House: Hello, good-bye to FOI bill
A few days after finally sponsoring the freedom of information (FOI) bill on the House floor, public information committee chairman Rep. Ben Evardone is waving the white flag, saying there is simply not enough time left to pass the long-pending measure.
Evardone made the statement Wednesday night as he noted that debates on the measure had not even begun.
“[I’m waving the] white flag,” he told reporters.
The bill finally reached the plenary on Monday by way of sponsorship speeches by Evardone and Deputy Speaker Erin Tañada, the bill’s main author. Supporters said lack of a quorum was the reason the debate did not push through.
Even if it is passed on second reading next week, the bill would need another three days before it could undergo a third reading vote. Only three session days remain before Congress adjourns for the election campaign period.
June meet slated
Congress will meet again, but for only one day in June, before adjourning for the final time and Evardone does not think a vote could be taken then. There may even be a lot of lawmakers absent then, he said.
Evardone said the bill could be revived only if President Aquino certified it as urgent. Certification would allow a second and third reading vote on the bill on the same day.
“If Erin Tañada can secure a certification, this might revive the FOI bill,” he said.
Presidential spokesperson Secretary Edwin Lacierda, however, said Thursday the bill should be subjected to a “healthy debate,” the kind that attended the responsible parenthood and reproductive health bill and the sin tax reform measure before they were passed into law.
Both bills were approved by Congress late last year and enacted into law by President Aquino, after several years of debate.
“Whether this Congress or the next Congress, we want a healthy debate to take place. That’s what we want and, in fairness to all constituents, let’s have a healthy debate,” Lacierda said in a Palace briefing.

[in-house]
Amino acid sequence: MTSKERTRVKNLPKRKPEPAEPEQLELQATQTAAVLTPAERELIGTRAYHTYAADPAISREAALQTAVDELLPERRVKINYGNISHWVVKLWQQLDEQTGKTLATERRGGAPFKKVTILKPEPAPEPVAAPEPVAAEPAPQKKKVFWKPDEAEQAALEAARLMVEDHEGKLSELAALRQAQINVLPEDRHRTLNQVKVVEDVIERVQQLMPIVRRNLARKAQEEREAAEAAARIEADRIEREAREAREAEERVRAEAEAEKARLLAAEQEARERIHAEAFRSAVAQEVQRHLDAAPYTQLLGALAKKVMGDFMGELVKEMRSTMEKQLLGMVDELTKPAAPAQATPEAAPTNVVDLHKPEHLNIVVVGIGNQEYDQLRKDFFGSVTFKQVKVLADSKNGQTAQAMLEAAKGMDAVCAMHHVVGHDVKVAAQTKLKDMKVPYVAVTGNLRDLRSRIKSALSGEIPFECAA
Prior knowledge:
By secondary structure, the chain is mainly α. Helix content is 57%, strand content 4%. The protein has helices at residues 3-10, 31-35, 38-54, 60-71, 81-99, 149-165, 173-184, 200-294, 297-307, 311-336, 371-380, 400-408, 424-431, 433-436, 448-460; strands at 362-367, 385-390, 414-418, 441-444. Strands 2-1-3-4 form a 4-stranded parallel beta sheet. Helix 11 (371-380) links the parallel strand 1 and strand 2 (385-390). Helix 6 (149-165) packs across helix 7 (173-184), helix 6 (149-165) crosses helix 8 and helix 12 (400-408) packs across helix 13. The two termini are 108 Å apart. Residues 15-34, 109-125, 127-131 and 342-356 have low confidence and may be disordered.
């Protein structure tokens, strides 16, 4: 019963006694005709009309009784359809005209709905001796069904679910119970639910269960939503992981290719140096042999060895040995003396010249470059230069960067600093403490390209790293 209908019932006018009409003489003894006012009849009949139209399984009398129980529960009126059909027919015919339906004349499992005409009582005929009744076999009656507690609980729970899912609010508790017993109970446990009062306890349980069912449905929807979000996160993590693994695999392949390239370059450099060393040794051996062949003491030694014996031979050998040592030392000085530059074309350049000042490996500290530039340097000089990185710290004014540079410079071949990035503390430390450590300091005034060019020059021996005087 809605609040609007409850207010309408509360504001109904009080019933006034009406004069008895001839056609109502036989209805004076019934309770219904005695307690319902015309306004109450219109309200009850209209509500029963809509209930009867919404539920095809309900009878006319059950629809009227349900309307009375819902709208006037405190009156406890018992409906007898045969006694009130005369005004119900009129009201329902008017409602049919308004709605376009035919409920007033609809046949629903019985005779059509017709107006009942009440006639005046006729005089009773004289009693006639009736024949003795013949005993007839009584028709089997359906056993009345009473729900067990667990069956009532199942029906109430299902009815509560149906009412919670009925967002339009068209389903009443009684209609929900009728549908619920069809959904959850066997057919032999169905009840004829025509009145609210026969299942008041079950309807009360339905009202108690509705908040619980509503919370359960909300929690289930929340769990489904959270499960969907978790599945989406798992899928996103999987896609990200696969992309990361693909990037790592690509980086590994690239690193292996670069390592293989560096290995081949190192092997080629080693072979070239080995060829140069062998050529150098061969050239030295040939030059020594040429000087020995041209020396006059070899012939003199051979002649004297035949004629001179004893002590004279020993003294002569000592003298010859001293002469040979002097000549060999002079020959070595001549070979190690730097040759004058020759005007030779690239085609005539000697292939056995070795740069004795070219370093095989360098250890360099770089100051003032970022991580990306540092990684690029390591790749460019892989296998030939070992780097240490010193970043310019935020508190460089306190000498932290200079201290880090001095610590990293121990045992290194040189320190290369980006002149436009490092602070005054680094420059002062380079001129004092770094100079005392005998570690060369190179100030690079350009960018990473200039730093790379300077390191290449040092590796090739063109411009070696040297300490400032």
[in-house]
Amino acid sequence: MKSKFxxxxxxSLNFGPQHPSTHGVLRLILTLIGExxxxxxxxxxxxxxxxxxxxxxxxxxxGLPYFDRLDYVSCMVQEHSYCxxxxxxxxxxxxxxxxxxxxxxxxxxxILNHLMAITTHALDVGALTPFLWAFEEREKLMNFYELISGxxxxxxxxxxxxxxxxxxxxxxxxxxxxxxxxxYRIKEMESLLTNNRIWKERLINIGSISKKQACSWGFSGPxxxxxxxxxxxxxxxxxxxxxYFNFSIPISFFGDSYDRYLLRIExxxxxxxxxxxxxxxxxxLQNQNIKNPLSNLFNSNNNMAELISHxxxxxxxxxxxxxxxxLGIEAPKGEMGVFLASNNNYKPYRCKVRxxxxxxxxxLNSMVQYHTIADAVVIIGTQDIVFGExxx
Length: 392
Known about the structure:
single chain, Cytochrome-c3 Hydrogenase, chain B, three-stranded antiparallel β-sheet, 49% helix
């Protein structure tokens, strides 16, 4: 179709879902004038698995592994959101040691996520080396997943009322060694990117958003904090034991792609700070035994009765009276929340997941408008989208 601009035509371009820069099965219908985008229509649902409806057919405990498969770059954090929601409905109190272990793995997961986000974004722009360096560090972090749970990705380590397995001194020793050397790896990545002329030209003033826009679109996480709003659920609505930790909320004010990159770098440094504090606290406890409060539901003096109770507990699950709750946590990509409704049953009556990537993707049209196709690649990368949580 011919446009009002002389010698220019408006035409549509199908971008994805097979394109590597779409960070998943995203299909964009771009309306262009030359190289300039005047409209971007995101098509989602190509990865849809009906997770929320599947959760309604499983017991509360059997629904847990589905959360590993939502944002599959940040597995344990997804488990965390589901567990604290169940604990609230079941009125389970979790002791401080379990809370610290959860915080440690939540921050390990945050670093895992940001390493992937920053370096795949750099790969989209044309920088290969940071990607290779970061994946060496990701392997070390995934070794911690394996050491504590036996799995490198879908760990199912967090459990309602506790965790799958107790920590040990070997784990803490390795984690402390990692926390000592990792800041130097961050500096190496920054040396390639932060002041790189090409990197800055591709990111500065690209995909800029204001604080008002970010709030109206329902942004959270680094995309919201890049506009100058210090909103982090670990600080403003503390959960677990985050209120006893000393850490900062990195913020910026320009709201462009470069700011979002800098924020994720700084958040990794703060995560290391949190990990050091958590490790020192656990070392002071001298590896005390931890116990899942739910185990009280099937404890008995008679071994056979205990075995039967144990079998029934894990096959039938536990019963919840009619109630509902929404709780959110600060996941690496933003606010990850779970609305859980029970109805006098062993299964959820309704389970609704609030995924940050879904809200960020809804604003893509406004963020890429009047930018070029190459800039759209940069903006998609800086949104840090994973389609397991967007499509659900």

Asked if President Aquino wanted the FOI bill approved before he steps down in 2016, Lacierda said the Chief Executive was interested in seeing how the House debate would turn out.
“What we want right now is a healthy debate and let’s take it from there,” he said.
The Senate has passed its version of the FOI bill.
Lacierda said the FOI bill proponents themselves had indicated that they had “no qualms” about the Aquino administration’s transparency, but were worried about the next administration.
“I say this without lifting our own bench. The FOI proponents believe and this is what they said, what they mentioned to us: ‘We are not afraid that this administration will not be transparent.’ In fact we have been very transparent and, in fact, we intend to show you the list of measures that we have done to show that we have been transparent in our transactions,” Lacierda said.
But another of the bill’s proponents, Ifugao Rep. Teddy Baguilat, said he was not surprised by Evardone’s “surrender,” adding that it was the latter who appeared to be holding the bill back in his committee with numerous delays and his apparent lack of will to push it in the plenary.
Baguilat said he considered the bill to be in “limbo.”
“I don’t like calling it dead. I’d like to think the FOI is Snow White slumbering and waiting for a prince to resuscitate it,” Baguilat said.
“If no Aquino certification comes as a last-minute lifeline, then we will continue the fight in the next Congress,” he said.
Advocates of the FOI bill have also blamed Evardone for its delay, accusing him of “dribbling” the measure and not scheduling committee hearings so that time would run out on it.
Evardone denied the allegations, saying he had waited for comments from the bill’s stakeholders before coming out with the final version of the measure.
As for the 117 lawmakers who signed the statement of support for the FOI bill, Evardone said lawmakers usually signed such statements as a gesture of goodwill to their colleagues. But he did not think that most of them really supported the measure.
“Otherwise, they would have shown up and pushed for it,” he said.
FOI in a nutshell
The bill would allow public access to government dealings and documents in line with a policy of full disclosure. It is intended to foster good governance and promote transparency and accountability in government.
Tañada, however, refused to pronounce the measure dead.
He said that if Evardone thinks it won’t progress, he should delegate his authority as the bill’s sponsor to him, Baguilat or Akbayan Rep. Walden Bello so they could pursue the FOI debates in the plenary.
“I would rather try to push the FOI as far as I and the sponsors can and let it be known that it was again the House members, including the minority, who killed the FOI due to a lack of quorum,” he said.